We´re all familiar with the expression “sharing is caring” but what if what you share is not great? Imagine if not everyone can use and receive what you share. That is not good care! Is that a problem or not? Until now I have thought that good is enough but now I realise that good is not always enough anymore. This week I have undergone an eye opening process where I´ve starting to be aware of that I have a big responsibility to make my sharing accessible to everyone. It´s a pity that I haven´t become conscious of it till now but better late then never, right?
When you sit in a wheelchair it´s kind of obvious that you’re in need of some accessibility to be able to move around at for example pavements. In the digital world your requirements are not always that clear. For those in need, I know that there is a lot of “aid-tools” which enable accessibility but for me, the big question is… – Where do my trustworthiness begin?
When David Wiley is talking about sharing he says that we have to overcome the inner 2 year old in us. We have to stop thinking… -Mine, mine, it´s mine!!! We have to act against a culture of withholding and instead he argues for giving, generousness and openness in education. So, I guess that I´m an adolescence when it comes to sharing. I love to share, if someone think it´s good enough for them to use I gladly share it with them. No problem at all! It´s almost like a recognition for my ego (as the self-centred youth I am) if someone asks if it´s OK to use some of my teaching material. Feel free!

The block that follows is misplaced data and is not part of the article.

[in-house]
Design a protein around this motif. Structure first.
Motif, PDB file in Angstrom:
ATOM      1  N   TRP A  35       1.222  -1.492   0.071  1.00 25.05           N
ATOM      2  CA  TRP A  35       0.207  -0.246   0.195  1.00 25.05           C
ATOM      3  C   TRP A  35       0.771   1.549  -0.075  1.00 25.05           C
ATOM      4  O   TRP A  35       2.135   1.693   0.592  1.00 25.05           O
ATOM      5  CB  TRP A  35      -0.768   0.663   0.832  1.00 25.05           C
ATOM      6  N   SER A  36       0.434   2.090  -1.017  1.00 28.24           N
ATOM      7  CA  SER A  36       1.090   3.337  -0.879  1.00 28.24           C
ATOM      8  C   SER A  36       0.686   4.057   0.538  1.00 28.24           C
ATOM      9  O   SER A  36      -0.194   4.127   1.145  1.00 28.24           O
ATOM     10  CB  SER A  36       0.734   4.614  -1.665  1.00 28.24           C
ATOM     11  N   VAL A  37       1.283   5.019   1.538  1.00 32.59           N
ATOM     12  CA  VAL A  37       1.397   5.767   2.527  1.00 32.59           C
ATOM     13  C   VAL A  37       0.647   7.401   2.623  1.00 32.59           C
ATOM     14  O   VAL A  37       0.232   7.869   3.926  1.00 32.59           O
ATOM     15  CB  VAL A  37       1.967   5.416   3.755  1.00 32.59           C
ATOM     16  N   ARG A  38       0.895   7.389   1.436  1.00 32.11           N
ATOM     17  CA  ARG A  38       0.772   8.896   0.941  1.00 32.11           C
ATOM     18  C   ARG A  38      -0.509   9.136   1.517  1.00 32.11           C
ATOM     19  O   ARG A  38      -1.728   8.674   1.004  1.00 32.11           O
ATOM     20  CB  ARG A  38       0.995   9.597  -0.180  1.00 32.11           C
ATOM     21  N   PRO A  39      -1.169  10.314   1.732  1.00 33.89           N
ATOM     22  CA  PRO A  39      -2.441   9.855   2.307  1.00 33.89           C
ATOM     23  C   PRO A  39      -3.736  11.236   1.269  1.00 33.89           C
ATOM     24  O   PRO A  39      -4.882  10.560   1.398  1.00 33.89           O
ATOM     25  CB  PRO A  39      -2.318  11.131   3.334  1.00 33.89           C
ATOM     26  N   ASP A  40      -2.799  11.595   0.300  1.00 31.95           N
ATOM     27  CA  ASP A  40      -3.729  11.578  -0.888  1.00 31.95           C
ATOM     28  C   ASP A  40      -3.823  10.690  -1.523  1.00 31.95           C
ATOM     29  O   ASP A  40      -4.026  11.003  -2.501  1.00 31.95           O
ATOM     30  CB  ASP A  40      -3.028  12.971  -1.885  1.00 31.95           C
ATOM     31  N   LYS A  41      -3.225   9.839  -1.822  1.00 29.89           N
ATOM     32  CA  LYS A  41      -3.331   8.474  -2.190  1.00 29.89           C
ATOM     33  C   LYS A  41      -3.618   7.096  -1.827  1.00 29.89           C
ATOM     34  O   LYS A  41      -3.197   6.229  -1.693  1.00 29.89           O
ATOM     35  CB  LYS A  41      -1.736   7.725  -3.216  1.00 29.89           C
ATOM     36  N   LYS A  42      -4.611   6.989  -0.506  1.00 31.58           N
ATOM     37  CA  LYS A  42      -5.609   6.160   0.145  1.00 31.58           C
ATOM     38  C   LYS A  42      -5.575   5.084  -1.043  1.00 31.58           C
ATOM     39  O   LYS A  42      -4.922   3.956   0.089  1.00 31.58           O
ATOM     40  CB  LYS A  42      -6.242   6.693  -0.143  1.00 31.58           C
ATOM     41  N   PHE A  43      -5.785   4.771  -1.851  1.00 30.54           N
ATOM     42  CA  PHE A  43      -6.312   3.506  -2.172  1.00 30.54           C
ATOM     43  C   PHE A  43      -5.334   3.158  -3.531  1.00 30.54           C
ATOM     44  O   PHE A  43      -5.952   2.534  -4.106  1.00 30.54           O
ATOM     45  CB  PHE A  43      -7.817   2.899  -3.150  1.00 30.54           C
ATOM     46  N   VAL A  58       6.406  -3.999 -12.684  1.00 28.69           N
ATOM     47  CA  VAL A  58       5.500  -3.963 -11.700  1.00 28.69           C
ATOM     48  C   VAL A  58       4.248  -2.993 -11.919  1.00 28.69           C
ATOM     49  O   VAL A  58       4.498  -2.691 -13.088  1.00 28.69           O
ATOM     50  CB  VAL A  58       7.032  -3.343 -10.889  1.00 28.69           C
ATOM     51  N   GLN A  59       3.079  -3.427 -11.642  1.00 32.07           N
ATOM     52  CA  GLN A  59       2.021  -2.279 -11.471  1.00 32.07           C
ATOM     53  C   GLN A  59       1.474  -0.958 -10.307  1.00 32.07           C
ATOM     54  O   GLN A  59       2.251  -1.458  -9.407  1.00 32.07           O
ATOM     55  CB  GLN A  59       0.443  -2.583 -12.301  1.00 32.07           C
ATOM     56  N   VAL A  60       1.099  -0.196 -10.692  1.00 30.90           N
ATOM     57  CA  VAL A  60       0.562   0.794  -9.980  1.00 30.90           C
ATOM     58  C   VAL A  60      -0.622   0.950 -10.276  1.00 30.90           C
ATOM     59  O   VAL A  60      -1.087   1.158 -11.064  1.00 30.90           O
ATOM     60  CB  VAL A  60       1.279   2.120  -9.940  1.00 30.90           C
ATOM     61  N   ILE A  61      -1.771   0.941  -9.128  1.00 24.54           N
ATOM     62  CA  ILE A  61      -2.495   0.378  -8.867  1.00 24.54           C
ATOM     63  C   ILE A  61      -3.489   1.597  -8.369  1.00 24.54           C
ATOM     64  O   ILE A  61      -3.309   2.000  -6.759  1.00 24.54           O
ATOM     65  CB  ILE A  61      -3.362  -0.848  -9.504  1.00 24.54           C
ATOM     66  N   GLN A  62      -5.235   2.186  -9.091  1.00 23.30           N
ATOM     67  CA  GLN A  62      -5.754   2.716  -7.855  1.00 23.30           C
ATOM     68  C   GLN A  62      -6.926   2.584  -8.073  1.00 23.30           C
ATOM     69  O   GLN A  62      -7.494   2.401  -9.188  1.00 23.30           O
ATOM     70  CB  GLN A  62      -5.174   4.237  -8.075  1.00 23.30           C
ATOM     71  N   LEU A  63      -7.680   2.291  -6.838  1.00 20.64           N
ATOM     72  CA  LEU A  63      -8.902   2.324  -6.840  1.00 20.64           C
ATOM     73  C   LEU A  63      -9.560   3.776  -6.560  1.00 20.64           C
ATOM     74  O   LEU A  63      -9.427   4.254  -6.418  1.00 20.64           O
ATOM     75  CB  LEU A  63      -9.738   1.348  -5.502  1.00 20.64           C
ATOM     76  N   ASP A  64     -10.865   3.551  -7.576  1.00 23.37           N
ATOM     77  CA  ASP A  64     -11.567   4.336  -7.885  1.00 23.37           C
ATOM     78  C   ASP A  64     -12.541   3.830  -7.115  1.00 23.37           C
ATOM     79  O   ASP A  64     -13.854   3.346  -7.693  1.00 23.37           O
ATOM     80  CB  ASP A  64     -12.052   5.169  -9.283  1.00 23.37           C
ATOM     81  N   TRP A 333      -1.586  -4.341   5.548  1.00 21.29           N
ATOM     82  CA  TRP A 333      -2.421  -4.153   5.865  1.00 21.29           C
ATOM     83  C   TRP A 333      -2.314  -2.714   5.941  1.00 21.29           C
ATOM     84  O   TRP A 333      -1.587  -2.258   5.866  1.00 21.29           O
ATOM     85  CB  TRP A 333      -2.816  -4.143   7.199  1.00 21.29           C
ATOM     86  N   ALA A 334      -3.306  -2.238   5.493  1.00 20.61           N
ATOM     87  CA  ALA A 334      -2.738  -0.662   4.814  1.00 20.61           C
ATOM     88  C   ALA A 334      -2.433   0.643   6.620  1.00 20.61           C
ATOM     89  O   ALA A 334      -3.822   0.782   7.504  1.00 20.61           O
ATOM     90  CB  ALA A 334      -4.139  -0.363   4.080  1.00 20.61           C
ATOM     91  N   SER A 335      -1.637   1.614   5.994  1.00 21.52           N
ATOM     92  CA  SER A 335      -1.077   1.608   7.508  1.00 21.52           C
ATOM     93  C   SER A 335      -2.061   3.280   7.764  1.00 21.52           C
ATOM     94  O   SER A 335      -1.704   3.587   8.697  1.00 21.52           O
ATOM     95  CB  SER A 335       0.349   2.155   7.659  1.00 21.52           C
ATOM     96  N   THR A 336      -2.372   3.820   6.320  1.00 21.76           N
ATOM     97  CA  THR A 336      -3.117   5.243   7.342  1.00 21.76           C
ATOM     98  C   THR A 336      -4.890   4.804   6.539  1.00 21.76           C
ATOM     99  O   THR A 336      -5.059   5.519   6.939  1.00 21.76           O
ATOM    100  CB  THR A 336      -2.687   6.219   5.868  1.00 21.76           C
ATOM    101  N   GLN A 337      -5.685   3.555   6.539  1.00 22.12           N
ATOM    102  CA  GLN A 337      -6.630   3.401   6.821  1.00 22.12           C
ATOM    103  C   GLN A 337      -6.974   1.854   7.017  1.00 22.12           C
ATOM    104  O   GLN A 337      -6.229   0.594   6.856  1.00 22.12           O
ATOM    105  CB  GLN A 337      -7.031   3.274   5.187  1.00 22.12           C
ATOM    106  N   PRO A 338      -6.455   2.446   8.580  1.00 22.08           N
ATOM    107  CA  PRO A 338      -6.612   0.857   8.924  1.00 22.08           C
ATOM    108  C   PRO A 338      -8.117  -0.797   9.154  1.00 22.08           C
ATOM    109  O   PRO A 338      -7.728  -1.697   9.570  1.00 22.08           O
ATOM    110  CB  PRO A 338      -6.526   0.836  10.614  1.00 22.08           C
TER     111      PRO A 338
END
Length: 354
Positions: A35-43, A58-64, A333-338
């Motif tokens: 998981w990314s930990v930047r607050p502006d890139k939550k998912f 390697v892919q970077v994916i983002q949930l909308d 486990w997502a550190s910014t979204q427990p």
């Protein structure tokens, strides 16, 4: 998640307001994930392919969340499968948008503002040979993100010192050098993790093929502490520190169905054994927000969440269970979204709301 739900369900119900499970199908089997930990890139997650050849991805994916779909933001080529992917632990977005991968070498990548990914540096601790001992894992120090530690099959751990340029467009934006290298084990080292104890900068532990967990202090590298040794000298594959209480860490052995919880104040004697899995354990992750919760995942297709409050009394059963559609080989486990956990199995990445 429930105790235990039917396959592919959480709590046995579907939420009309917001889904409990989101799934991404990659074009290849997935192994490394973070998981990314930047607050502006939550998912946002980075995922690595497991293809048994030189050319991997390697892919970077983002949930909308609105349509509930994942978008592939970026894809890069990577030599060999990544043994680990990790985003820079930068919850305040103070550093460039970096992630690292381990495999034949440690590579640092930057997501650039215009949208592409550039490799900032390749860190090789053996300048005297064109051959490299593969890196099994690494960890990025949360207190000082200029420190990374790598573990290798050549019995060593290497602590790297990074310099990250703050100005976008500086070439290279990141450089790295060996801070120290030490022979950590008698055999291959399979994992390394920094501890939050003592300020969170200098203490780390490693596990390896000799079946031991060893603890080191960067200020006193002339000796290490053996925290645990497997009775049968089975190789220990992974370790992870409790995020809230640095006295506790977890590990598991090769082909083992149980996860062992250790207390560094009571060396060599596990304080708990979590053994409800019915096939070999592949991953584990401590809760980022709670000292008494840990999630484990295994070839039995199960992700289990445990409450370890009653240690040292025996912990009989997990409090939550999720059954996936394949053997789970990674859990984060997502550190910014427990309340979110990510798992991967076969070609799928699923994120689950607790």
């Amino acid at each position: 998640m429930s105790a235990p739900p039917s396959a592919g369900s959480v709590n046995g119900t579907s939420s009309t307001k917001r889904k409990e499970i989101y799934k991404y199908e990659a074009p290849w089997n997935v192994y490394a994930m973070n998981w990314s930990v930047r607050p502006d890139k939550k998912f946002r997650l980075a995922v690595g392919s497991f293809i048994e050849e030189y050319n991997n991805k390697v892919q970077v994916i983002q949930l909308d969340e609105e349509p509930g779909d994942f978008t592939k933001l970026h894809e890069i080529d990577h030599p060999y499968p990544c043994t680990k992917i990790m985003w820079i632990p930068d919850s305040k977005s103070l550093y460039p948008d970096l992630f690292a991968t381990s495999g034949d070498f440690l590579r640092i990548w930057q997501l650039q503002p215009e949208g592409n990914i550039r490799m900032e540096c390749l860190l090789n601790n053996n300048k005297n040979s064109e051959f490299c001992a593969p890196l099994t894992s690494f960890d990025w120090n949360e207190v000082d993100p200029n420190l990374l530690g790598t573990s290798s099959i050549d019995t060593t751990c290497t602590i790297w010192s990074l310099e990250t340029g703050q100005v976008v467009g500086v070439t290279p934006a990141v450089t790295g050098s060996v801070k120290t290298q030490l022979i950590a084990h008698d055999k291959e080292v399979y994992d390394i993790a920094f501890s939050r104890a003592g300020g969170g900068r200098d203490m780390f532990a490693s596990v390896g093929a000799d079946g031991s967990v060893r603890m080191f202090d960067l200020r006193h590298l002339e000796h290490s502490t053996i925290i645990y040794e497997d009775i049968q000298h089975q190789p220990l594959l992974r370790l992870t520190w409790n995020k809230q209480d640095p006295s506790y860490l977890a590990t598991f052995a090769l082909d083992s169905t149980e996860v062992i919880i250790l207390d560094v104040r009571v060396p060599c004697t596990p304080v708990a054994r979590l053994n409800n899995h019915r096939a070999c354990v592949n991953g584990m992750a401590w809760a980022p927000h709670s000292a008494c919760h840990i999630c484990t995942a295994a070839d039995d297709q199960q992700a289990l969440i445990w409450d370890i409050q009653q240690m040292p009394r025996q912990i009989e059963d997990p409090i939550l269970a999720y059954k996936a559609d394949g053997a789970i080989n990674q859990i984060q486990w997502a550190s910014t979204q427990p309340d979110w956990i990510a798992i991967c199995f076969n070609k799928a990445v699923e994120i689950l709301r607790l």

Now, one of my next goal is to enter the adulthood (after all I´m 46 years old). This is of cause going to be a process but I´m good at focusing when I´m motivated so I believe I can cross the finishing line before the end of 2017. I have to make all my prerecorded content accessible for everyone. The main thing that I have to learn (and then do) is to add subtitles to my lectures. I also have to think of colors in some slides. Are there other things I have to consider?
Wiley, David (2010) Open education and the future TED-talk.